Argument Writing Toolkit- String of Quotes (Create Variety)

Sometimes in student writing you will see a string of quotes, where students move from one quote to the next to the next without a break in between.  These students are usually struggling with how to create variety in their inclusion of text evidence or how to evaluate and choose the most effective piece of text evidence.  So this tool is actually two strategies that would be taught separately.  Students could use either strategy to eradicate a string of quotes.

0001 (1)

In this post, I’ll share the first strategy to create variety (you can see the second strategy to rank and evaluate evidence here).

To begin, the teaching point is:

Teaching Point- String of Quotes- Create Variety

I demonstrated this strategy by modeling the process with my own writing.  First, I shared a piece that portrayed the problem.  My first try has 5 quotes back to back, which all essentially say the same thing– that competitive sports cause injuries.

try 1

Next, I referred to the String of Quotes teaching chart (the first image from above) to show some of the ways that students can create variety when including text evidence into their piece.  I modeled how to change each of the quotes using ellipses, paraphrasing, listing/citing sources, etc.  My new paragraph looked like this:

try 2

I used small sticky flags to point out the different techniques used to create variety.   I also shared a teaching chart with the students that exemplifies those same techniques.

String of Quotes-Create Variety

Finally, students worked on adding variety in their own piece by finding a paragraph that had a string of quotes, choosing a technique to try, and revising their piece while I coached in.

What do you think? Try this out in your room.  Let me know how it goes! 🙂

Next time, I’ll share how you can help students avoid a string of quotes by evaluating and using the most effective piece of evidence.

Like what you see? More tools to come- Follow along!

Let’s keep the conversation going-

Lindsay

 

 

Argument Writing Toolkit- Shortening Quotations

A common struggle for students when incorporating text evidence into their arguments is they choose quotes that are too long.  Then the piece becomes dominated by a voice other than the author’s.  It’s important to strike a balance between one’s own voice and that or the article quoted.  In argument writing, the author should highlight his or her opinions and reasoning.  A good rule of thumb is that the evidence should only be about 5-10% of the piece.

To help students strike this balance, I put together a small group titled, “Allowing Your Writing to Shine”

At the start of the small group, I began by sharing the teaching point:

Teaching Point- Using Key Portion of Quote

Then I showed students my first try with the original text evidence/ quote highlighted.  This allowed students to see just how quote heavy my original work was.  Next I modeled how I reread to pull out and focus on only the key portions of the quote.  Right in front of students, I used a sharpie to strike out the extraneous parts of the quote– all the while demonstrating my thinking process.  Finally, I unveiled my newly revised second try, which portrays a much better balance between my voice and the quote.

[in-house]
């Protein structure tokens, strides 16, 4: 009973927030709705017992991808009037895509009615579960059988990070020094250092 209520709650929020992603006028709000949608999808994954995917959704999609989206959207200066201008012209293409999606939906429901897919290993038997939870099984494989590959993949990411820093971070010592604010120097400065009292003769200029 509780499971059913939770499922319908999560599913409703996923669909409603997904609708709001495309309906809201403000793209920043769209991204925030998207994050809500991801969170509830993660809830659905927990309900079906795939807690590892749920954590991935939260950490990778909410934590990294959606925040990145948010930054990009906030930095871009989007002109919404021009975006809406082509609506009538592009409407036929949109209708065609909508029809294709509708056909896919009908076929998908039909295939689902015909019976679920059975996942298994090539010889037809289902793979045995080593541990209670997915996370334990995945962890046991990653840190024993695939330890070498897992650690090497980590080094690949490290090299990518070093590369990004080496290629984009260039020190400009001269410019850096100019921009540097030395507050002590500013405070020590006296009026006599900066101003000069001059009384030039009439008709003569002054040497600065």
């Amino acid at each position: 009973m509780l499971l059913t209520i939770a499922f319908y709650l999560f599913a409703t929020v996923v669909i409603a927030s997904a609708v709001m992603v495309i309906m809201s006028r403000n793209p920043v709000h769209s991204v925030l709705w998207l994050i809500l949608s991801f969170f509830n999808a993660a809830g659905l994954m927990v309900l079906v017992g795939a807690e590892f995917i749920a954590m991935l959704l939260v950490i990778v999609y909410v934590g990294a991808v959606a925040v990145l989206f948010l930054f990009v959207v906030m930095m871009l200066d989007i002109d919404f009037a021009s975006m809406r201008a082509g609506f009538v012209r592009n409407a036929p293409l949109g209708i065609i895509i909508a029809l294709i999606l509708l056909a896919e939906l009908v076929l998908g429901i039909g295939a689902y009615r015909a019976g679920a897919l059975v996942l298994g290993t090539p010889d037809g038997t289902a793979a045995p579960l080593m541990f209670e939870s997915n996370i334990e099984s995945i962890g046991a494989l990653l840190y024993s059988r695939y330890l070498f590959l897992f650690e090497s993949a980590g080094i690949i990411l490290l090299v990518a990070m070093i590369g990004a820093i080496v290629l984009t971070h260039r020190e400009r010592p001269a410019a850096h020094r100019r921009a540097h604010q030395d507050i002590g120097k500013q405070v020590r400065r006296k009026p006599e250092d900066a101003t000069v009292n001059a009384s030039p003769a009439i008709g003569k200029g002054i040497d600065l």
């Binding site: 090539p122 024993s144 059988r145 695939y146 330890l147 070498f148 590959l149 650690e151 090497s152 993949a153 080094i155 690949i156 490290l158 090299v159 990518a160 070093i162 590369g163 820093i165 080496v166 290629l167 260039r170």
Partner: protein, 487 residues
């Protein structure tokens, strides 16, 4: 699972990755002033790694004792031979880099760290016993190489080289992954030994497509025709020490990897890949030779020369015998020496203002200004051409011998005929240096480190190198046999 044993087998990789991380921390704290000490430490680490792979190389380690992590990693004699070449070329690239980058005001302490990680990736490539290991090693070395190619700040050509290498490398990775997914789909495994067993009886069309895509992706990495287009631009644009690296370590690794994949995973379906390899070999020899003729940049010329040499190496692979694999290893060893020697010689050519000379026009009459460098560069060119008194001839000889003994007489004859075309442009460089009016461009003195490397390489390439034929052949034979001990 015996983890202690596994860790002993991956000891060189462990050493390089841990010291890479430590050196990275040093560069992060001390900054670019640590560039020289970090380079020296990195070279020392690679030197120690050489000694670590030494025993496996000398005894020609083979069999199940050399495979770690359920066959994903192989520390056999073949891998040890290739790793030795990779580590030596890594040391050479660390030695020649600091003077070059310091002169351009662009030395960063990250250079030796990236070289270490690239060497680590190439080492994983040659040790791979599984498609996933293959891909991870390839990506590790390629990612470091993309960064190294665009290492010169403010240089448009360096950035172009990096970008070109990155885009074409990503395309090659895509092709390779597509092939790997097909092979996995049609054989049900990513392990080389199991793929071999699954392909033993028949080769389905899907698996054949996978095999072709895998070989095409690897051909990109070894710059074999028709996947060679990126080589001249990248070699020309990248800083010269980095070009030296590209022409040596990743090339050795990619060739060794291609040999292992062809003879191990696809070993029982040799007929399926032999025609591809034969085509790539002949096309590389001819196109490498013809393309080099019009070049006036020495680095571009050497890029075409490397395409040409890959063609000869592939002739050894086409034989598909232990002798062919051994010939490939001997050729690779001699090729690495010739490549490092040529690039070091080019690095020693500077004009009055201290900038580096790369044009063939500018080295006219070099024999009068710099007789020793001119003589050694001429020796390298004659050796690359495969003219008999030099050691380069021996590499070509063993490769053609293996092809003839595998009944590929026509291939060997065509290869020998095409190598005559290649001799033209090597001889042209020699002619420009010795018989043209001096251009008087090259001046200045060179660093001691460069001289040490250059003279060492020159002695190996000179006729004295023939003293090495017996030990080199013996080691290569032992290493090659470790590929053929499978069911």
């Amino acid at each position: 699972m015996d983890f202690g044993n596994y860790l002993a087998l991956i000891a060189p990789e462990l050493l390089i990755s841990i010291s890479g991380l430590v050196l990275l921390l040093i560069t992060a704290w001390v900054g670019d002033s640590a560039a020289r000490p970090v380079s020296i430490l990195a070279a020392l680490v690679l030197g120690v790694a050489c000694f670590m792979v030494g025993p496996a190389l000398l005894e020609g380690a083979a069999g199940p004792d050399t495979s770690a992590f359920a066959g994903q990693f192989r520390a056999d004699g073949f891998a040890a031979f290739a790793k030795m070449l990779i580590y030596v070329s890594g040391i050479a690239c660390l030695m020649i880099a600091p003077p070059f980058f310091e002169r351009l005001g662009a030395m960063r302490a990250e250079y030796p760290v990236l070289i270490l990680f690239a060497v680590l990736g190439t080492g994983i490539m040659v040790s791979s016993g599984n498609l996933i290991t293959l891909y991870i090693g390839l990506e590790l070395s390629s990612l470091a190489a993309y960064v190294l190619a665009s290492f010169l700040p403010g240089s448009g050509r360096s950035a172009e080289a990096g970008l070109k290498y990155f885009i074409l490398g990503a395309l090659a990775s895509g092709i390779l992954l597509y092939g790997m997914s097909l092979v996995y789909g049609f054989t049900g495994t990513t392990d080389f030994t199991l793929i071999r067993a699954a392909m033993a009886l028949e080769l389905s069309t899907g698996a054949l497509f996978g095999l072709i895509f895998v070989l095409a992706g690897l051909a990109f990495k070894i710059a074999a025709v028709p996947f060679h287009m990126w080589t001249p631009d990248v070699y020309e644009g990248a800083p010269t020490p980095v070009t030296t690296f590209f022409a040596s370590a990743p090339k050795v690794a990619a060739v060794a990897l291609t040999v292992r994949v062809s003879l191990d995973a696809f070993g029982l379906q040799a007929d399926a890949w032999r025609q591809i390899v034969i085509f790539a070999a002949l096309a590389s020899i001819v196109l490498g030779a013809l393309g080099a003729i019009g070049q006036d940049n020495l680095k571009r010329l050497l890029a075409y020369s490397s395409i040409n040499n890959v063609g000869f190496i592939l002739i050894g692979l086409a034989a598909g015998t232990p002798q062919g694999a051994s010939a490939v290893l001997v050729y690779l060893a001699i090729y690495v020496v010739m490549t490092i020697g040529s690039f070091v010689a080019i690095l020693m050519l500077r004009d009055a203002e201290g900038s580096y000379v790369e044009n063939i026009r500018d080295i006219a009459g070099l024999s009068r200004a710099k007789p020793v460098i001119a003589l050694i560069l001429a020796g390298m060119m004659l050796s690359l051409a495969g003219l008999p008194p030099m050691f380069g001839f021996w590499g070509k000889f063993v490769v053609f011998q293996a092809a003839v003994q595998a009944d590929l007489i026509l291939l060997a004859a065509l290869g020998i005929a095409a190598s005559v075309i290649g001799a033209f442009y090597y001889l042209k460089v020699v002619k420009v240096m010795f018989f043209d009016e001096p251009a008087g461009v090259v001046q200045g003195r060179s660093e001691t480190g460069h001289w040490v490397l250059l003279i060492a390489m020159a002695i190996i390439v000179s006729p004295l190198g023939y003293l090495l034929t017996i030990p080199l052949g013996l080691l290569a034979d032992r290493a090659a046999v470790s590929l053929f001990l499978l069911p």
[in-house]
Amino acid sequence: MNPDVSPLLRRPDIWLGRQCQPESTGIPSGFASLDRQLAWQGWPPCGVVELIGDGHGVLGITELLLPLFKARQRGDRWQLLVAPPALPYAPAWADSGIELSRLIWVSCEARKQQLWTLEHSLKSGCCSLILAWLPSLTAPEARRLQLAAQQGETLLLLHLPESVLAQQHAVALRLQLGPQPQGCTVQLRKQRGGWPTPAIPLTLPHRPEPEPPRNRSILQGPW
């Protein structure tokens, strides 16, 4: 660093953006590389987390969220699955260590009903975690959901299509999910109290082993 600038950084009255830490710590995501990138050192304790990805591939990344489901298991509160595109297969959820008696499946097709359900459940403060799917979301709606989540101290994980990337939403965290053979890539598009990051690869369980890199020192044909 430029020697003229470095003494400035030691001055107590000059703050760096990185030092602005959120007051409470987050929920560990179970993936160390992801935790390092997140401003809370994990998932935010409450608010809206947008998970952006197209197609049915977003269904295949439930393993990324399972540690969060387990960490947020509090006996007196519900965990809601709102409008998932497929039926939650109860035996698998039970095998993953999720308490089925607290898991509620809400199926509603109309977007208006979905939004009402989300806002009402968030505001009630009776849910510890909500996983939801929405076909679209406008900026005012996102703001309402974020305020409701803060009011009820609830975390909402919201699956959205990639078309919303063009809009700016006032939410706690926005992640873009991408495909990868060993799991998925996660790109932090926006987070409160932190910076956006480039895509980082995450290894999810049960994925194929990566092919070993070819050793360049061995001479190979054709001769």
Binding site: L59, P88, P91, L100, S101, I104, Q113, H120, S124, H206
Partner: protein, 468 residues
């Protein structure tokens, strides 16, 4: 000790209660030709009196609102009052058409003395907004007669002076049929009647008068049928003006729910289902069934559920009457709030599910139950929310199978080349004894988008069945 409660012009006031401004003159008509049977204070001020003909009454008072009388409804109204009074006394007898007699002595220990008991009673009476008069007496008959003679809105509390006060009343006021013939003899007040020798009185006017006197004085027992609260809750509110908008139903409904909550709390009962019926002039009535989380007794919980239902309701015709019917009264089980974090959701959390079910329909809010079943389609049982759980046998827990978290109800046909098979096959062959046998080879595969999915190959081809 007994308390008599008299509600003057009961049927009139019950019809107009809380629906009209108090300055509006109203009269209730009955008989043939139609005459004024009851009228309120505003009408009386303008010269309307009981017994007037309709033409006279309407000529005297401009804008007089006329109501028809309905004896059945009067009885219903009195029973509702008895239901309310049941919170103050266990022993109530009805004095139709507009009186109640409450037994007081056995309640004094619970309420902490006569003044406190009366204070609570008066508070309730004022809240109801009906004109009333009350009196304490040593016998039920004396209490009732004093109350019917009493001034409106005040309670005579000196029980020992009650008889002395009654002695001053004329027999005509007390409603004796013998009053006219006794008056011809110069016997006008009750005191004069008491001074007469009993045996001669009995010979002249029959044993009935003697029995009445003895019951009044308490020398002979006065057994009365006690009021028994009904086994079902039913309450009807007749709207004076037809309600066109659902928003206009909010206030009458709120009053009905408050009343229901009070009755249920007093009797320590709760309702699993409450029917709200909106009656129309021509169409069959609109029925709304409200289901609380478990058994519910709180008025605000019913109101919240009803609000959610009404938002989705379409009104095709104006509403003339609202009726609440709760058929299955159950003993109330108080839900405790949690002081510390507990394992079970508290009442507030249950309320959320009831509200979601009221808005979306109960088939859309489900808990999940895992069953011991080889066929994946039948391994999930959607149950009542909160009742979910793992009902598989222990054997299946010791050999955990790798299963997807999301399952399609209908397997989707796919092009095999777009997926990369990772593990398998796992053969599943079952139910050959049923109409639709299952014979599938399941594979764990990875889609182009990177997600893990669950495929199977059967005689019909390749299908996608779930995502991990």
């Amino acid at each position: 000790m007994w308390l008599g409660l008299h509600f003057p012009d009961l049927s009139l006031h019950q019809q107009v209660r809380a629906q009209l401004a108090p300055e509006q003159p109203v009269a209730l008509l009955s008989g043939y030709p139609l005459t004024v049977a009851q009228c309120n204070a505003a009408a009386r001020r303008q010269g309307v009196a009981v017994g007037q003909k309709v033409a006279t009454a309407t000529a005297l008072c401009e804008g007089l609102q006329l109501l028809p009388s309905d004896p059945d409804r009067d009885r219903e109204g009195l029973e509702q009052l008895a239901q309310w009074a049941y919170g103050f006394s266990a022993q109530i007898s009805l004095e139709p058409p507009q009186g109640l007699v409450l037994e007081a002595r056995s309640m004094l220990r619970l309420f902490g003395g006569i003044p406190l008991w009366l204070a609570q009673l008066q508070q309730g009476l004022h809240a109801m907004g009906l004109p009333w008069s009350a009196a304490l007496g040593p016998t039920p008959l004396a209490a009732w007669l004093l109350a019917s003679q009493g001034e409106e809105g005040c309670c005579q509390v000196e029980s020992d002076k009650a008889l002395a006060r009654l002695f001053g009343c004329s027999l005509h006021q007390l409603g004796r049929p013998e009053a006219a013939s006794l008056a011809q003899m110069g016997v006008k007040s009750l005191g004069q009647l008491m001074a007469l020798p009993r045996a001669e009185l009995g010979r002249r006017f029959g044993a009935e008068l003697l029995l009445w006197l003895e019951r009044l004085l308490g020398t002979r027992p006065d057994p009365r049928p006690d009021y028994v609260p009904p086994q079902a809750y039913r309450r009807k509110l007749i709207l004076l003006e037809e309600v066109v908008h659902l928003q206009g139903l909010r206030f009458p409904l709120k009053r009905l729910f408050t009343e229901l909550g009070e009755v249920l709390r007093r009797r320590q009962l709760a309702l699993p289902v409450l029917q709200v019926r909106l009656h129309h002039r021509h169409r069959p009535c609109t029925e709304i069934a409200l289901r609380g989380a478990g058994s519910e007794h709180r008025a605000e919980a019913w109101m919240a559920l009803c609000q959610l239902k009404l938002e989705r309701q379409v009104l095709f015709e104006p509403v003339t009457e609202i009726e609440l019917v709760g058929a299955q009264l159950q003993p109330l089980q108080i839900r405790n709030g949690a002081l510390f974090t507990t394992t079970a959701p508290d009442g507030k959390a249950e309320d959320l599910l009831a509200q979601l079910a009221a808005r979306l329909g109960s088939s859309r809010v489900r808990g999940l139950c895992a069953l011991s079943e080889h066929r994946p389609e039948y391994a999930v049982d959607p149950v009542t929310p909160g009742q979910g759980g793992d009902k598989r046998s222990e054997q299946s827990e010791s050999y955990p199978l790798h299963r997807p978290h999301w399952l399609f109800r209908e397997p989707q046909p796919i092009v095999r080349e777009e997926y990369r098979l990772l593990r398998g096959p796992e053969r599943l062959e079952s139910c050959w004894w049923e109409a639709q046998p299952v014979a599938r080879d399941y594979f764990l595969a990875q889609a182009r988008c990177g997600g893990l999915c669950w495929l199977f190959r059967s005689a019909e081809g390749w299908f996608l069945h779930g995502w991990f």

Teaching Tool using Key Portion of Quote

After my demo, I had students point to a paragraph in their own writing piece where they felt text evidence outweighed their voice; and right in front of me, they began the work that I just modeled. While they did this, I coached into their work. Finally releasing the students when they seemed to get the hang of it.

I shared a teaching chart to help students visualize this strategy:

0001

 

So in my kit, I house all pieces of the lesson in a sheet protector, which I then keep in a binder that I carry with me around the room.  The writing samples always stay the same.  I pull  out “clean” versions each time I need to teach the lesson, and I make the same teaching moves.

Try this out in your room.  Let me know how it goes! 🙂

Like what you see? More tools to come- Follow along!

Let’s keep the conversation going-

Lindsay

Argument Writing Conferring Toolkit Series

Thinking ahead is SO important.  As teachers, we are masters of keeping our feet firmly planted in the now, while our eyes look toward the future.  Simultaneously, we plan, prepare, and perfect current and next units of study–always asking, “What do my students need to be successful in this work?”

Argument writing is on the horizon, and to prepare for the unit, I’ve been working on a conferring toolkit.  In case you are unfamiliar with a conferring toolkit, it is a collection of tools to aid in the teaching of reading and/or writing strategies.  The toolkits can be used both during individual conferences or in small groups.   They might include marked up demonstration or anchor texts, annotated sample writings, teaching charts, rubrics, checklists, etc.

While thinking about the upcoming Argument unit, I recalled past student struggles as well as potential pitfalls .  One major hang up for students is how to effectively add text evidence into their argument.  In past years, this difficulty has popped up due to a myriad of common predictable problems all of which can be addressed with the following strategies:

Adding Evidence Strategies

But what tools do I have to teach these strategies??

Enter the conferring toolkit!!

Follow this Argument Writing Conferring Toolkit series as I share some of the teaching charts and tools I created to support students in this work!

Let’s keep the conversation going-

Lindsay